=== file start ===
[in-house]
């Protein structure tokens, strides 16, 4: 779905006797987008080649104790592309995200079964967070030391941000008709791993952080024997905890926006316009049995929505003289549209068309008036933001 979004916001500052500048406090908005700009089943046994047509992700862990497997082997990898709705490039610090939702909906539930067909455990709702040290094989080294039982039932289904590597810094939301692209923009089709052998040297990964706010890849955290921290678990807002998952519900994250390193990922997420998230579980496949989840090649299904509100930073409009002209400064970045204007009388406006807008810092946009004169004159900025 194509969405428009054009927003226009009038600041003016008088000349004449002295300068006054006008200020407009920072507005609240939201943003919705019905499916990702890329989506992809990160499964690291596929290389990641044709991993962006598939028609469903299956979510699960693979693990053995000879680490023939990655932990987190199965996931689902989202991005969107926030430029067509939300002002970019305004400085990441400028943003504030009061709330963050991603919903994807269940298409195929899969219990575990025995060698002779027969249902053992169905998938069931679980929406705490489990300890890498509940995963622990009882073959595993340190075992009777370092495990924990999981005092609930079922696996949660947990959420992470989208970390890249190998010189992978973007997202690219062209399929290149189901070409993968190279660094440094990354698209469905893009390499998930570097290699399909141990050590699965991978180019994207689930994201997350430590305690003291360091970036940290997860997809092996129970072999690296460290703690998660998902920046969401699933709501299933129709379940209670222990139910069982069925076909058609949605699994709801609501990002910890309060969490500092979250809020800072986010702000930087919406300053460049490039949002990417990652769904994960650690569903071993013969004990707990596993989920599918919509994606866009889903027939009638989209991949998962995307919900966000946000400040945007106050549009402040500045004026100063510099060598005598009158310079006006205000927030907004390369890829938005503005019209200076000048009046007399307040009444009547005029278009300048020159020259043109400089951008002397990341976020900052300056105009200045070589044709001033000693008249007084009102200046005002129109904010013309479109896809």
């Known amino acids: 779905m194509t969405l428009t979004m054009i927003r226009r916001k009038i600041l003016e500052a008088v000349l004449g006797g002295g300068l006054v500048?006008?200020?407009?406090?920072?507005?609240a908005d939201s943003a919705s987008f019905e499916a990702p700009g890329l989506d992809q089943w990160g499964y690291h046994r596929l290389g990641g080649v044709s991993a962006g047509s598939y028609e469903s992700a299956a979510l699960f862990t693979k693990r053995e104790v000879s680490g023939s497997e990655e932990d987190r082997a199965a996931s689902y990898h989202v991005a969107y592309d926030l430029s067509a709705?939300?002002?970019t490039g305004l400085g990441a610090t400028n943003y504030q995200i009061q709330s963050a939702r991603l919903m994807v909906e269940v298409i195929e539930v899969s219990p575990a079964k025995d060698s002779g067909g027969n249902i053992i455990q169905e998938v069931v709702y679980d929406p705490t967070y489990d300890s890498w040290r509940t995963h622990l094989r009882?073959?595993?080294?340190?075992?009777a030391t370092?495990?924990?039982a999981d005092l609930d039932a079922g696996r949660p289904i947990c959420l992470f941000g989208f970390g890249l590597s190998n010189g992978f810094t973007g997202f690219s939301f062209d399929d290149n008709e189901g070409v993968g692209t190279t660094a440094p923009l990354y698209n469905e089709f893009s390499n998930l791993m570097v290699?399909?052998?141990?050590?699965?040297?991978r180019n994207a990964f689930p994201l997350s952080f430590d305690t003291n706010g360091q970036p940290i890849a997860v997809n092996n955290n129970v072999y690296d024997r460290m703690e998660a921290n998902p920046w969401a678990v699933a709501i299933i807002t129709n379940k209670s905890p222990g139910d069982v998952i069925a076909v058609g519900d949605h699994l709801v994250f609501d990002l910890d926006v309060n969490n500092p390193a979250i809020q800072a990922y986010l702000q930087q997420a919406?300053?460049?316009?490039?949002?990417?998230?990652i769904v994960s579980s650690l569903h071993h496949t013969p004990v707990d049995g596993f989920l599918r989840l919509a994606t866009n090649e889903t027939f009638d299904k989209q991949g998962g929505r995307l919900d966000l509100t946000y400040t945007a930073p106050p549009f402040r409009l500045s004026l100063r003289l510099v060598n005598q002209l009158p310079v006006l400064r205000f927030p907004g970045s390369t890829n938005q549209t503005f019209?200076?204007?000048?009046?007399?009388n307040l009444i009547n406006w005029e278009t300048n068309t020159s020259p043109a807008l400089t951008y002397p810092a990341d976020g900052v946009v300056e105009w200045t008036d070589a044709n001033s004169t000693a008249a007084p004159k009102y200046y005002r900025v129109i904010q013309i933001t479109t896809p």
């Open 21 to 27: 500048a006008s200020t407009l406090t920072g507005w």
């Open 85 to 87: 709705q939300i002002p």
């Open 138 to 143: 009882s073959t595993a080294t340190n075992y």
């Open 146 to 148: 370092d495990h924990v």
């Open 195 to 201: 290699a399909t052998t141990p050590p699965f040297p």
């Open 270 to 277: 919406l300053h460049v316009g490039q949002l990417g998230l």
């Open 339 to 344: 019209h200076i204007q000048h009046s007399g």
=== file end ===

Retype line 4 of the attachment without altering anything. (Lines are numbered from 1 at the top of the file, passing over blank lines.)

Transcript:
């Open 21 to 27: 500048a006008s200020t407009l406090t920072g507005w």